BND head Bruno Kahl said his intelligence agency was aware of cyberattacks intended to cause "political uncertainty."
BND head Bruno Kahl said his intelligence agency was aware of cyberattacks intended to cause "political uncertainty."

The president of Germany's Federal Intelligence Service said he expects Russian cyberattacks to interfere with upcoming electoral processes across Europe, but particularly in Germany, according to the BBC.

Bruno Kahl, whose agency Bundesnachrichtendienst (BND) is responsible for foreign intelligence, told German newspaper Süddeutsche Zeitung, that his staff was aware of cyberattacks intended to cause "political uncertainty."

"Europe is the focus of this attempted disruption, and Germany in particular," he told the widely circulated South German daily newspaper.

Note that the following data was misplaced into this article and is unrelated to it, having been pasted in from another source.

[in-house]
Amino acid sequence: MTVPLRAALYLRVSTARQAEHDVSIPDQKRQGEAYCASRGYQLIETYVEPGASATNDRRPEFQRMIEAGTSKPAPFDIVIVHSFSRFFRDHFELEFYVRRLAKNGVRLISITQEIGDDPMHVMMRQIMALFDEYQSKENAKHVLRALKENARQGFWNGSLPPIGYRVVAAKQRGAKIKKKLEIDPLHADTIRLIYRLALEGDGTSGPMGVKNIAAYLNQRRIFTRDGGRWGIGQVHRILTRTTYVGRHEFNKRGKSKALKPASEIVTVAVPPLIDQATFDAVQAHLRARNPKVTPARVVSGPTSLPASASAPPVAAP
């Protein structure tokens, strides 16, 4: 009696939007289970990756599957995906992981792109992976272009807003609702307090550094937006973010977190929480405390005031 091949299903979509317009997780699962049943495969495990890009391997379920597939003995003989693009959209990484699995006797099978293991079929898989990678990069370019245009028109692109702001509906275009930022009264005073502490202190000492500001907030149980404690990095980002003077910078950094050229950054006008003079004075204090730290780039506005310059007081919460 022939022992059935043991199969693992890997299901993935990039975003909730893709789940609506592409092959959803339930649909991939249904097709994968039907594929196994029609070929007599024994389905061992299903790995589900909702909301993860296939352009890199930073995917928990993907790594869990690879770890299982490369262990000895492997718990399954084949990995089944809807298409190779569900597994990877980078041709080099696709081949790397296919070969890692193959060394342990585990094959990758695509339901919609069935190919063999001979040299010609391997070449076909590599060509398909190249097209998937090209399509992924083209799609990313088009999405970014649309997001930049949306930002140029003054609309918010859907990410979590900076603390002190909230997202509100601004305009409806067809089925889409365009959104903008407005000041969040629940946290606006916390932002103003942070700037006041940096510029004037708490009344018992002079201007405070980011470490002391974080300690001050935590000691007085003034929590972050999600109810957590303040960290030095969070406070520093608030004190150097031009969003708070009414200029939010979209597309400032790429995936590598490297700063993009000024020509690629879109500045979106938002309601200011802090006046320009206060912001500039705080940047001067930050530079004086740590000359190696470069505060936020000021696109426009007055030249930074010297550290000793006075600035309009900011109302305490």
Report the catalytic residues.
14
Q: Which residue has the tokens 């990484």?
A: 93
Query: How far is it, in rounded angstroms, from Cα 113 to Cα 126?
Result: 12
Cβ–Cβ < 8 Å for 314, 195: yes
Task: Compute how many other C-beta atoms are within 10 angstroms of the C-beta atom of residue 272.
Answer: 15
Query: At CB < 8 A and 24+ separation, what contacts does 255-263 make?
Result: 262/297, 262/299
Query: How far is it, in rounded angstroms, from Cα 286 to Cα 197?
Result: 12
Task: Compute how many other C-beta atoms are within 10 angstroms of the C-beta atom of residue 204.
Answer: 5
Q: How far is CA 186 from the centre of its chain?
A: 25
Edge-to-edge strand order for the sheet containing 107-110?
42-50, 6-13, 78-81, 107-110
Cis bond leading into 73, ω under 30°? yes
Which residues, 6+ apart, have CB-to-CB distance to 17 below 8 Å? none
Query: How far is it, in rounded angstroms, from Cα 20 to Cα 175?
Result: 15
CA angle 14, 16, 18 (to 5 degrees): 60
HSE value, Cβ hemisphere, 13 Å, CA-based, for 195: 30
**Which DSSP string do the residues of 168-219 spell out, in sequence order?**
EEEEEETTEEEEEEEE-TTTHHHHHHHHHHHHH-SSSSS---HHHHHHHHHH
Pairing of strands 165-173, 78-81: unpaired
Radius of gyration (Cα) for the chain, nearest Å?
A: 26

Kahl's comments echo accusations Chancellor Angela Merkel made earlier this month. "We are already, even now, having to deal with information out of Russia or with internet attacks that are of Russian origin or with news which sows false information," she told reporters at a press conference in Berlin.

German officials earlier in the year pointed fingers at a cybergang dubbed Fancy Bear, believed to be an arm of the Russian state, for cyberattacks on the nation's networks, as well as incursions into Merkel's Christian Democratic Union party.

More recently, following a cyberattack last week that shut down broadband service for nearly a million Deutsche Telekom customers, Merkel sought to reassure her nation that such attacks "are now part of daily life and we must learn to cope with them." The source of that attack is still unknown.